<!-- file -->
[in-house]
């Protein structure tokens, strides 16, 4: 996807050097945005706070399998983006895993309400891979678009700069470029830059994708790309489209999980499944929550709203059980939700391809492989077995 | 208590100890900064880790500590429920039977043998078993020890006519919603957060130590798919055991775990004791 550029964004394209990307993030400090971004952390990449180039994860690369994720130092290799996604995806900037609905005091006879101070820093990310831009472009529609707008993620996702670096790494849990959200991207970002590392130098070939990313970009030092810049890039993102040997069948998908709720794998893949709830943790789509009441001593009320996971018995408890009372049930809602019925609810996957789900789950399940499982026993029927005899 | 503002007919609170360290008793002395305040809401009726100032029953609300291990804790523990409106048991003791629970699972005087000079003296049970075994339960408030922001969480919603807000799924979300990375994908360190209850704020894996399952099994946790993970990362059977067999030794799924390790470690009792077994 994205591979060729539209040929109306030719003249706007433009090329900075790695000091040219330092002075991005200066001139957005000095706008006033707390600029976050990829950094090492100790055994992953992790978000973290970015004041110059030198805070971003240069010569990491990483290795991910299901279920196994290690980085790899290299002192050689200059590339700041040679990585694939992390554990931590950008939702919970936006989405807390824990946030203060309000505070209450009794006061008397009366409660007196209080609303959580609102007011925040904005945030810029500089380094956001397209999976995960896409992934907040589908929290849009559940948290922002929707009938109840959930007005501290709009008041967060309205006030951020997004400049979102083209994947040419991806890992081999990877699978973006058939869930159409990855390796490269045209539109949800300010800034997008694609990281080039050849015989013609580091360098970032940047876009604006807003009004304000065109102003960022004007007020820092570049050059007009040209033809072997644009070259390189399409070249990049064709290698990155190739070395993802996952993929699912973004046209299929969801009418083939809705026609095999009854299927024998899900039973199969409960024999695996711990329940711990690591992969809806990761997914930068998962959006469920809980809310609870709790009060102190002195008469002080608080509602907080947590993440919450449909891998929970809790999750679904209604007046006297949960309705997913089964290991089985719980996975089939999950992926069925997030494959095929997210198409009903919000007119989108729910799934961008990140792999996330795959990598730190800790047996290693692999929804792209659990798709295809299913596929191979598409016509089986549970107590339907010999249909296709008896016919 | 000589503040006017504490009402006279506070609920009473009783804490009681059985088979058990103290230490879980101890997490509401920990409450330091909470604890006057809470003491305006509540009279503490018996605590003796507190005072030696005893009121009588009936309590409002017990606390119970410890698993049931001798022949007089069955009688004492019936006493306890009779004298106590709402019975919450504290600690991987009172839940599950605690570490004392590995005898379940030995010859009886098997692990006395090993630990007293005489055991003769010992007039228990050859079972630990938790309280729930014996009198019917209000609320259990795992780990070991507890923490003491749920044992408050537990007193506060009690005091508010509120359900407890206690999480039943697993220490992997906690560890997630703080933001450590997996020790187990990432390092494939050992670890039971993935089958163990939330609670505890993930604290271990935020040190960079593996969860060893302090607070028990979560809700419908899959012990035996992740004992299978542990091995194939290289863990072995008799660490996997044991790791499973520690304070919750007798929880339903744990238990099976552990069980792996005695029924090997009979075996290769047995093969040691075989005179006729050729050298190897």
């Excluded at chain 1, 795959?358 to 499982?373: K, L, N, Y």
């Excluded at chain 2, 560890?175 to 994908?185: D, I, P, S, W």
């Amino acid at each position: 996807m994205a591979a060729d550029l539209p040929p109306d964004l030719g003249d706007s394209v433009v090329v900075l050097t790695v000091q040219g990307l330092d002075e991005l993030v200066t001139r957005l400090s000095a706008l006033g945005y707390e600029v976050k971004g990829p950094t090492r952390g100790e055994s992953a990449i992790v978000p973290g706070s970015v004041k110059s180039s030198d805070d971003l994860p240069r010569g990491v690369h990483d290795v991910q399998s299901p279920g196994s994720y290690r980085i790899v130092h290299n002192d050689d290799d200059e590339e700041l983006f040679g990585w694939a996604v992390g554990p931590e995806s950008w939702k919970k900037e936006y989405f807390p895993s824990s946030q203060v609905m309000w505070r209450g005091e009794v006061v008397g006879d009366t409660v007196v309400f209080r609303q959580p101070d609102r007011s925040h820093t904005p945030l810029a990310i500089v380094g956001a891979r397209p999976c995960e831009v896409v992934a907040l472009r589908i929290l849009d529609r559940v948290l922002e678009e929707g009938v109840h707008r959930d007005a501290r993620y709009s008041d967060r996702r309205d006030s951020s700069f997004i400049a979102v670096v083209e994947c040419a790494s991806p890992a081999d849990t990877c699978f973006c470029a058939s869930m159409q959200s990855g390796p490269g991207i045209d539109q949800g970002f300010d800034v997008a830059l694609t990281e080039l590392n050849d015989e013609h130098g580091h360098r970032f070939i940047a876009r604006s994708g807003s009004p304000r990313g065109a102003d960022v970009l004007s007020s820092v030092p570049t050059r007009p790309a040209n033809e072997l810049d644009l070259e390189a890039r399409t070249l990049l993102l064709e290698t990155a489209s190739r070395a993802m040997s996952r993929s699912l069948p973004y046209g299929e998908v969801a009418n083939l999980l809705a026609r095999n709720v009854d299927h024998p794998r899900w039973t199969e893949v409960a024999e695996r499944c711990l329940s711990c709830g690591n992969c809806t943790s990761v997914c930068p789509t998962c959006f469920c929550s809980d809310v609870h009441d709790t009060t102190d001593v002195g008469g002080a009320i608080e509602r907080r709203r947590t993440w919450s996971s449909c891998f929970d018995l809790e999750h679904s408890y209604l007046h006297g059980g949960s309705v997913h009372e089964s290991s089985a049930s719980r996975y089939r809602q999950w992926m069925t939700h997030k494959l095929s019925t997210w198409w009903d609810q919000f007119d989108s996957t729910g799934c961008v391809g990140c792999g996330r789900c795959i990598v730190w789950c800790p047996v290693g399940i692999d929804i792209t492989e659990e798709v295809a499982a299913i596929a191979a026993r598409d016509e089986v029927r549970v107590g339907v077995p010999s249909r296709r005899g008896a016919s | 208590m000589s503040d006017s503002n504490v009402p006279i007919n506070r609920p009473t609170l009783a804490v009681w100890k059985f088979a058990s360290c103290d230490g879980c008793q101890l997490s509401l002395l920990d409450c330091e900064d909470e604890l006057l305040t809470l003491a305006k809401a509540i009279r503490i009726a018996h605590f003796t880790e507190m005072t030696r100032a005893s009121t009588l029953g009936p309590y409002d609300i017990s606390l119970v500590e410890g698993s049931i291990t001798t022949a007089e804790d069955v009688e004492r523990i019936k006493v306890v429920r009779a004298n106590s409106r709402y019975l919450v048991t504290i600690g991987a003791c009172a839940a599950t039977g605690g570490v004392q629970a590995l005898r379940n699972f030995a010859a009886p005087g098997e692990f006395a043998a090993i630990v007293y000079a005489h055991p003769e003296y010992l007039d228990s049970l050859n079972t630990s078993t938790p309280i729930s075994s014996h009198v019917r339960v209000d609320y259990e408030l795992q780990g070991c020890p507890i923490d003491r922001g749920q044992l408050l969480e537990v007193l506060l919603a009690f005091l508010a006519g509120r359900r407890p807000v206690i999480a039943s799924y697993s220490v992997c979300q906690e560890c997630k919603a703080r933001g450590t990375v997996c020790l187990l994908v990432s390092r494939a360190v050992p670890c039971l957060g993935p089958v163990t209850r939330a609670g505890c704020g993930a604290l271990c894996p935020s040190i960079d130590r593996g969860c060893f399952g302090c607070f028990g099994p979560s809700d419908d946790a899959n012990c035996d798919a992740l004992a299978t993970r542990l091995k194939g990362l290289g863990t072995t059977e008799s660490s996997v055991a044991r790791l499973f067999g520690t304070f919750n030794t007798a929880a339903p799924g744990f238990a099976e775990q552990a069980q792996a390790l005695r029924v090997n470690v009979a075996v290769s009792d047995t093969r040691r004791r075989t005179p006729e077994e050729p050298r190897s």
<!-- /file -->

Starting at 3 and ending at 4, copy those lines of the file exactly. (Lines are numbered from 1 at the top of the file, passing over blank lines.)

């Excluded at chain 1, 795959?358 to 499982?373: K, L, N, Y």
């Excluded at chain 2, 560890?175 to 994908?185: D, I, P, S, W």